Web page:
Lawmakers in the conference committee for an innovation bill are discussing the possibility of adding tax provisions that would restore expensing of research and experimentation (R&E) costs and create a tax credit for semiconductors. The tax proposals enjoy significant bipartisan support, but numerous political headwinds complicate the outlook.
The underlying innovation bill is with a formal conference committee charged with merging the Senate-passed version of the United States Innovation and Competition Act (USICA), with the House-passed bill known as “America COMPETES.” Neither underlying bill currently carries a tax title, but that would not preclude the conference committee from adding one in conference.
There is strong bipartisan support for both restoring R&E expensing and incentives for semiconductor manufacturing. The Senate passed, by a 90-5 margin, a nonbinding motion to “instruct” lawmakers participating in the conference to include R&E expensing, and also approved a similar motion for semiconductor manufacturing by a voice vote. But there is also strong resistance to adding a tax title to an already contentious bill, as it could open up the process for other members to push various tax priorities. Many Democrats also appear reluctant to pass business tax relief while the enhanced child tax credit is stalled, and could push for “social” tax relief that would complicate the process.
In addition, there are also competing versions of legislation to encourage semi-conductor manufacturing. Both the USICA and America COMPETES bills contain the “Creating Helpful Incentives to Produce Semiconductors for America Act” (CHIPS Act), which provides incentives for domestic semiconductor manufacturing and investments in chip research. But some lawmakers also are pushing for conferees to add the “Facilitating American-Built Semiconductors Act” (FABS Act) to the ultimate legislation—which would establish a 25% tax credit towards the purchase, construction, manufacture, or utilization of a semiconductor manufacturing facility or related equipment used for the design or processing of chips. Other lawmakers are pushing conferees to add the “Supporting American Printed Circuit Boards Act,” which would provide tax incentives to manufacturers, researchers and buyers of printed circuit boards.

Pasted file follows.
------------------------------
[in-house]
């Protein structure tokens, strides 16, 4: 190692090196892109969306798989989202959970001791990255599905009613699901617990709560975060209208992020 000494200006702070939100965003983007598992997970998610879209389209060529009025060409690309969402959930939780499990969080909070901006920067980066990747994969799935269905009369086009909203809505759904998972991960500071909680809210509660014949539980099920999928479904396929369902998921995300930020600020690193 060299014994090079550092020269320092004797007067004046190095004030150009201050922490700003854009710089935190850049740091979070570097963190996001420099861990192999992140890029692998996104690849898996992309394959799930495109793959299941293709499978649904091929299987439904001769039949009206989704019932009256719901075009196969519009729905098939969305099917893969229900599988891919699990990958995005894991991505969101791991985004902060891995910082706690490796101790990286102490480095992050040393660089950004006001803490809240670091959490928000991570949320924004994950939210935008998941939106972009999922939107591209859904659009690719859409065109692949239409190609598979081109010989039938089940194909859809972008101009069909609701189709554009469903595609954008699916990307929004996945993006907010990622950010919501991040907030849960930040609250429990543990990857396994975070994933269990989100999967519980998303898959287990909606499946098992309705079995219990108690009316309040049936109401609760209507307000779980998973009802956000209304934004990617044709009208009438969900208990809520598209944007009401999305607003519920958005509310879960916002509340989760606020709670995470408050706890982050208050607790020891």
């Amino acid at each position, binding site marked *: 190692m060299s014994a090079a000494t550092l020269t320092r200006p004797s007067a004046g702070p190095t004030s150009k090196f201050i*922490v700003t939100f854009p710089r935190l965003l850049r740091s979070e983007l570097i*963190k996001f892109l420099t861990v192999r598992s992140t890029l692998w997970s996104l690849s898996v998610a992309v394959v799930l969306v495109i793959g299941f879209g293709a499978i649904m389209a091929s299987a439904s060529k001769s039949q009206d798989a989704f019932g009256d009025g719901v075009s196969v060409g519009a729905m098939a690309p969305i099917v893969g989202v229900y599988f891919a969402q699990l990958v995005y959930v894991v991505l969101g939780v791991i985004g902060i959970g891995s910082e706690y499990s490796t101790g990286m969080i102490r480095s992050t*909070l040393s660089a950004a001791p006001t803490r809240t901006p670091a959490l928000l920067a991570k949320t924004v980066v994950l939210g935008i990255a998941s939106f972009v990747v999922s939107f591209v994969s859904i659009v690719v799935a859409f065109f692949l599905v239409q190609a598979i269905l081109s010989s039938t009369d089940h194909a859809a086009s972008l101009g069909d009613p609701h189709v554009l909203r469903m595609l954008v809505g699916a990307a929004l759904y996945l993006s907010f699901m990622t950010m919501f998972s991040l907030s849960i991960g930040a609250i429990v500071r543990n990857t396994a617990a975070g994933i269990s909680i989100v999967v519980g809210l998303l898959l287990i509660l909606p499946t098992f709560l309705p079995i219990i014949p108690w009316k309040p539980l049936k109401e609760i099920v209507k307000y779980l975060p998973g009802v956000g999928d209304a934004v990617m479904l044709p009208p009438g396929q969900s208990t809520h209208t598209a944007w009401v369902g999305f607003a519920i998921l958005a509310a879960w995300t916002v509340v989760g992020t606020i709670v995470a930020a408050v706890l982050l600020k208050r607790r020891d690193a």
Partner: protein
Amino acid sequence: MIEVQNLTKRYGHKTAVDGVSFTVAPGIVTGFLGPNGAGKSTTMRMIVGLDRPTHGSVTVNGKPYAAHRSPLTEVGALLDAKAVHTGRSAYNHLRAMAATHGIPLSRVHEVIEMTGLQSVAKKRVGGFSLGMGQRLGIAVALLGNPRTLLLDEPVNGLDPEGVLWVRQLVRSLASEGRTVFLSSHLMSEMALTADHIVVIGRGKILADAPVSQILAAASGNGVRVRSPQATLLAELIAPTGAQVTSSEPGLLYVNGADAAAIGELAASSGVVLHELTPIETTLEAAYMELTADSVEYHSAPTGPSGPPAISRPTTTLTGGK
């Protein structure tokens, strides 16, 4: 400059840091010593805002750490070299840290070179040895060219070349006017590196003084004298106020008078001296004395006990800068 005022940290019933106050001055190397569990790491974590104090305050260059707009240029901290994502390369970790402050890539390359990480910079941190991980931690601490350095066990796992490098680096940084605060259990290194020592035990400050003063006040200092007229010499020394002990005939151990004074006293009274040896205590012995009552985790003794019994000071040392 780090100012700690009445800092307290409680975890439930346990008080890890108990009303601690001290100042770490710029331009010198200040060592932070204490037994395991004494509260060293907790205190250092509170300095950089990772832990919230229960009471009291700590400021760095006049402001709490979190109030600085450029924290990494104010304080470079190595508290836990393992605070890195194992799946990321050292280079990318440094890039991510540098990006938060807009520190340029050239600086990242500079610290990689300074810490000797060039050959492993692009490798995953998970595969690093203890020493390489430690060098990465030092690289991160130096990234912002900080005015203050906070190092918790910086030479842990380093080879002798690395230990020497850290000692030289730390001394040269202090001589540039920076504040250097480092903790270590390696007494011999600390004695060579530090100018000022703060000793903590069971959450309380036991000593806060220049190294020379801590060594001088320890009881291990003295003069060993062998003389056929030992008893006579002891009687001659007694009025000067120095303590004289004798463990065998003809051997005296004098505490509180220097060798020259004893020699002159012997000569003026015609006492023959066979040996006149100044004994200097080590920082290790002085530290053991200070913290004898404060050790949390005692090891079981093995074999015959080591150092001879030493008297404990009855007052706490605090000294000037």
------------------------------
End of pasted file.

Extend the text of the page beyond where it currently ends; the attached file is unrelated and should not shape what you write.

The timeline for completion of the conference committee and final passage of the updated legislation remains uncertain. Disagreements on potential additions and revisions to the underlying bills will likely take weeks—if not months—to resolve. If the Section 174 R&E fix is not included in the innovation legislation, it still has a good chance of being addressed in a year-end “extenders” bill after the November elections.
Businesses should seek to remain apprised of the ongoing conference committee and its underlying negotiations, as significant developments are expected in the near-term.
Dustin Stamper is a managing director in Grant Thornton’s Washington National Tax Office and leads the tax legislative affairs practice for the firm.
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